The counterclaim challenged here asks for recovery from plaintiffs of the bribes paid by Sirote to the federal employees. The claimants move to dismiss this cross-demand as failing to state a claim; the defendant has reacted by seeking summary judgment that the companies are liable on this counterclaim. As will appear, we hold that the counterclaim embodies a proper demand and that the existing record is sufficient to sustain summary judgment for the Government.
The basic underlying facts are indisputable. The payment of the bribes is attested by Sirote's criminal convictions, the convictions of the bribed federal employees, and by Sirote' own affidavit. Clearly, he was a conscious wrongdoer. His conduct violated not only moral precepts but also the federal criminal statute prohibiting bribery of officials, 18 U.S.C. § 201(f), and the rigid standard of conduct established by that statute. Cf. United States v. Mississippi Valley Generating Co., 364 U.S. 520, 549-51, 559, 81 S.Ct. 294, 5 L.Ed.2d 268 (1961). There is also no doubt that Inter-Island and its successors are responsible for his acts, committed while he was president of Inter-Island. See Wagner Iron Works v. United States, 146 Ct.Cl. 334, 337-38, 174 F. Supp. 956, 958 (1959), and cases cited. On the other hand, there is no proof or suggestion that the bribes were related, in any specific way, to the particular mortgage transactions on which plaintiffs sue.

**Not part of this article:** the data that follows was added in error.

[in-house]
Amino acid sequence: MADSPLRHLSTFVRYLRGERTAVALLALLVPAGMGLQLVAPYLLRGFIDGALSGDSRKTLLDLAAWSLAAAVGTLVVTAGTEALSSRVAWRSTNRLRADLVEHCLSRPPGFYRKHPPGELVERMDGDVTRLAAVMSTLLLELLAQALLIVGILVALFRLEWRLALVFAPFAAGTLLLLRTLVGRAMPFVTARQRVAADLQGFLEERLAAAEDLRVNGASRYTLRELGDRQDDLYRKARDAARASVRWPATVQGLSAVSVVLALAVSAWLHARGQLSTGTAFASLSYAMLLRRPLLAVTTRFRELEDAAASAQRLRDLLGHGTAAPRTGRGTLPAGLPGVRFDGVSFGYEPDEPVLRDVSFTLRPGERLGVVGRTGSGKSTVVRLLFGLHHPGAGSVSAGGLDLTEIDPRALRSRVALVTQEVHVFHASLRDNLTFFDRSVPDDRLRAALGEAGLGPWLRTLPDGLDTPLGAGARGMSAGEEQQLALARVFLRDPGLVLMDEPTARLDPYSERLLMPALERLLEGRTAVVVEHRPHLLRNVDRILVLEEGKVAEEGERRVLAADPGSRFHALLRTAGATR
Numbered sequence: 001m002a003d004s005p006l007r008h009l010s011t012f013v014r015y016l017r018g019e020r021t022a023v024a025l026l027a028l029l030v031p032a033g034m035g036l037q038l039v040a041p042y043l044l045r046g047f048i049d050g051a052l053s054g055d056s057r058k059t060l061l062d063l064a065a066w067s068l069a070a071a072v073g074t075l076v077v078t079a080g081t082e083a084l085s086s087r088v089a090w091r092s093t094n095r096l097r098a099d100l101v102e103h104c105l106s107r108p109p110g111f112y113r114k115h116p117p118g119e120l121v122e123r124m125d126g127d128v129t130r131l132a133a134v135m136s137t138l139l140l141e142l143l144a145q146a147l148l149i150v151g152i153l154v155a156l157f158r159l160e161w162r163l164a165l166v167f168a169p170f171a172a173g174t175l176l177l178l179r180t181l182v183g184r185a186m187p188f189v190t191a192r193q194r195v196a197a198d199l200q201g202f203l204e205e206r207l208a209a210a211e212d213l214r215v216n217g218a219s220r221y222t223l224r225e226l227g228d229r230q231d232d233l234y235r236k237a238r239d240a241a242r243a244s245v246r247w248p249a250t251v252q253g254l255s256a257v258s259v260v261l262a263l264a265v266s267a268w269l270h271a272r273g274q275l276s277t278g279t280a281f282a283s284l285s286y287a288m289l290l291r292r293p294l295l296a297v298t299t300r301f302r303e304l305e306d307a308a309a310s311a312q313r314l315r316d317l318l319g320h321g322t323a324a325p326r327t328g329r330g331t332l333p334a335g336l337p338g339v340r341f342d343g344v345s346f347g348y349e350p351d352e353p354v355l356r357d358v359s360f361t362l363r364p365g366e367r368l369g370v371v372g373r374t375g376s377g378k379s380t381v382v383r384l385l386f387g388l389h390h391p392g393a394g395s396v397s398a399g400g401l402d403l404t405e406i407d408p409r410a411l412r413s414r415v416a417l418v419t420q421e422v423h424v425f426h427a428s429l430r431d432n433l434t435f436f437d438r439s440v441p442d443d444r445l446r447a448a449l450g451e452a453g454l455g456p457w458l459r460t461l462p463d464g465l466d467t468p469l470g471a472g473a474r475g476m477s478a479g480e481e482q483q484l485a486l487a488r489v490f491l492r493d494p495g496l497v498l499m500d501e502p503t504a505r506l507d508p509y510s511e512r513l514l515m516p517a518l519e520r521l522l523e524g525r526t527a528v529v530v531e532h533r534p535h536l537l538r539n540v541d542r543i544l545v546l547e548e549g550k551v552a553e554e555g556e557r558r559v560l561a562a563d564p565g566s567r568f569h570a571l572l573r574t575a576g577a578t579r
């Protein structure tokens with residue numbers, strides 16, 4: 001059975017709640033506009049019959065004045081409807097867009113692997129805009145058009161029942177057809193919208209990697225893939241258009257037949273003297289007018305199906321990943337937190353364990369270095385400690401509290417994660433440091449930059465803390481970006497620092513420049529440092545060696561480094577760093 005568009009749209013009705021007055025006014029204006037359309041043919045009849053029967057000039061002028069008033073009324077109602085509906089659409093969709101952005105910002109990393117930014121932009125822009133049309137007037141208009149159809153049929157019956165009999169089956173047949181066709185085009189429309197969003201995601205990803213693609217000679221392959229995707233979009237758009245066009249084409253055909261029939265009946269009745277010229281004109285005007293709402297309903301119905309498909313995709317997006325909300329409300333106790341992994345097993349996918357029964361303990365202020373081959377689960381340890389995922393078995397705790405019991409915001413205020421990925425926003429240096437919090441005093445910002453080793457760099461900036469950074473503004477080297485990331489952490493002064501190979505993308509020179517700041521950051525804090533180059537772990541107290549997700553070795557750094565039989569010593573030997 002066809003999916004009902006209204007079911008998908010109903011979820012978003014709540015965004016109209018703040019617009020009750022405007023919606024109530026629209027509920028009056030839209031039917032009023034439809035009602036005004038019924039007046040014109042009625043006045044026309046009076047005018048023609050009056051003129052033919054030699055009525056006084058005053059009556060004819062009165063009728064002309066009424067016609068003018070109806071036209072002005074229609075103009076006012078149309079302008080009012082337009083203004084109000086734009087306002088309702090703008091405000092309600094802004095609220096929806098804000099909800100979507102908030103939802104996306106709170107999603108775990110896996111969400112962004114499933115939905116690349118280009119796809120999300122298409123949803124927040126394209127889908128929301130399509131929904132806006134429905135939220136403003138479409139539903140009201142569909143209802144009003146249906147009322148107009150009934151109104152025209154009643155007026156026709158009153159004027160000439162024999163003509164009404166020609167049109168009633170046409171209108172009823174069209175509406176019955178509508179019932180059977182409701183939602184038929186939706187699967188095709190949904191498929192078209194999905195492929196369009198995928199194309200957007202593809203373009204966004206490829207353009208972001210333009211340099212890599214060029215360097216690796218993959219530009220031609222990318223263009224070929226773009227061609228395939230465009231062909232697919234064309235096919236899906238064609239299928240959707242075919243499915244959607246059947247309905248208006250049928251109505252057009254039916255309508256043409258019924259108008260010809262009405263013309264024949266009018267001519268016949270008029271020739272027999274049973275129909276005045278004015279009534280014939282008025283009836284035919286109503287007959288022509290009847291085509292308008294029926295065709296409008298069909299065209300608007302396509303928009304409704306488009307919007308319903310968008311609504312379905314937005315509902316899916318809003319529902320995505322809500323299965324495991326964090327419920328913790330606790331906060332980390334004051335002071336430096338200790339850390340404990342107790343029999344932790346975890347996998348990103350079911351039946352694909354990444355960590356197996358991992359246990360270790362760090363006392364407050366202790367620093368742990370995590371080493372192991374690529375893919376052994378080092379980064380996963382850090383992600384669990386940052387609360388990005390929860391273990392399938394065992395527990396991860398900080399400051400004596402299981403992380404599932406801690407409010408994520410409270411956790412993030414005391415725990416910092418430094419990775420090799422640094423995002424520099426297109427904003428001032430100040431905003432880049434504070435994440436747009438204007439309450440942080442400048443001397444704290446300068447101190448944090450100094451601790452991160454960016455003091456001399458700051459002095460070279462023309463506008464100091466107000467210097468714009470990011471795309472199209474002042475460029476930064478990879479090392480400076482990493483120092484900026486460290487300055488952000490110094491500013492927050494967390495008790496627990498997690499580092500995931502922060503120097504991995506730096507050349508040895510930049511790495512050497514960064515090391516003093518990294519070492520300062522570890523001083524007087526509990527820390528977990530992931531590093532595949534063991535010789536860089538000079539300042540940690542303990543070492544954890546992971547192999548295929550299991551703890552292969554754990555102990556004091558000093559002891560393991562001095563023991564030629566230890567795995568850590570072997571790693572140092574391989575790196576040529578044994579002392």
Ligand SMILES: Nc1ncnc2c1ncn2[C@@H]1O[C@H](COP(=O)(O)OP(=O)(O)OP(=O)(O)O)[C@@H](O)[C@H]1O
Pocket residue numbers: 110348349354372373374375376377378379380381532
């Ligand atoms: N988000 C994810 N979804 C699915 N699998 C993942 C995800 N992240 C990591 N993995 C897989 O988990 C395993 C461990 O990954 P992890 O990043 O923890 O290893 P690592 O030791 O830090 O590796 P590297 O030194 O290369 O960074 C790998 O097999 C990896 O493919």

Thus, the issue raised by the parties' cross-motions is whether Sirote's actions give rise to liability by the briber to the Government for an amount equal to the bribes, where the Government has shown only that such unlawful payments were made and has not proved direct or specific monetary injury. Contending that the Government must prove the damage resulting from the illegal acts, the plaintiffs assert, as their major point, that the Government's failure to allege provable, measurable damages and a nexus between Sirote's conduct and specific monetary harm to the Government calls for dismissal of the counterclaim, or at best a remand for trial. The defendant replies that the interference with the principal-agent relationship between it and its employees is damage enough, as well as a compensable wrong, that it need prove no other injury, and that on this type of record the amount of the bribes is a sufficient measure of damage.
Under this court's counterclaim statute ( 28 U.S.C. § 1503) and our rules (Rule 40) the Government may set up a counterclaim even though (a) it does not arise out of the transaction or occurrence that is the subject matter of the petition and (b) it states a claim of a type ( e.g. tort) of which we would not have jurisdiction if sought to be maintained by a plaintiff. See Cherry Cotton Mills, Inc. v. United States, 327 U.S. 536, 66 S.Ct. 729, 90 L.Ed. 835 (1946); Frantz Equip. Co. v. United States, 105 F. Supp. 490, 494-96, 122 Ct.Cl. 622, 628-31 (1952).